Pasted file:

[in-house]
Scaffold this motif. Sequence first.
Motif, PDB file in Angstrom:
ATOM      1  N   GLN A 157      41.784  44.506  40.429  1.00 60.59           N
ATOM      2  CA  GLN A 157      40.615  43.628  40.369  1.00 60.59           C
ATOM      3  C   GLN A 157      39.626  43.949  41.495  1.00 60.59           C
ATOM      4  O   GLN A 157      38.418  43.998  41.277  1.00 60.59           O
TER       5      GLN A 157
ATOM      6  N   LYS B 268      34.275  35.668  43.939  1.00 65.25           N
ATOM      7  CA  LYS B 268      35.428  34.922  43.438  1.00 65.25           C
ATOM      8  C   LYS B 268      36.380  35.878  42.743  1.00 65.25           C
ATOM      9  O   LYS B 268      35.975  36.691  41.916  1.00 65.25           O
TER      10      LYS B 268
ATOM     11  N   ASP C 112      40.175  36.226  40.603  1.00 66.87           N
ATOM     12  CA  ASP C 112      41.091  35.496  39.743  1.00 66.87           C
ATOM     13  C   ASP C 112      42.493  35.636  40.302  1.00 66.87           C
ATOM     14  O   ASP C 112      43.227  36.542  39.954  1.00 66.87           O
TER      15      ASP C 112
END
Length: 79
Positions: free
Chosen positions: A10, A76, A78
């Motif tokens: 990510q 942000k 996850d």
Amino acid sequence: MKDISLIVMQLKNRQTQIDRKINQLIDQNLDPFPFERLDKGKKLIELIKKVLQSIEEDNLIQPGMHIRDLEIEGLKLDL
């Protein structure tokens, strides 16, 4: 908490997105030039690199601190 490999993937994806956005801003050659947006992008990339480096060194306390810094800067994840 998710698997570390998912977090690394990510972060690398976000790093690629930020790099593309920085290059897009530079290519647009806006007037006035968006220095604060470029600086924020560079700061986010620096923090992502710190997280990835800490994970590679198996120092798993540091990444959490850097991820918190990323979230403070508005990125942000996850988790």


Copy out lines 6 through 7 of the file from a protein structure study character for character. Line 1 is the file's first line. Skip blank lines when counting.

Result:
ATOM      3  C   GLN A 157      39.626  43.949  41.495  1.00 60.59           C
ATOM      4  O   GLN A 157      38.418  43.998  41.277  1.00 60.59           O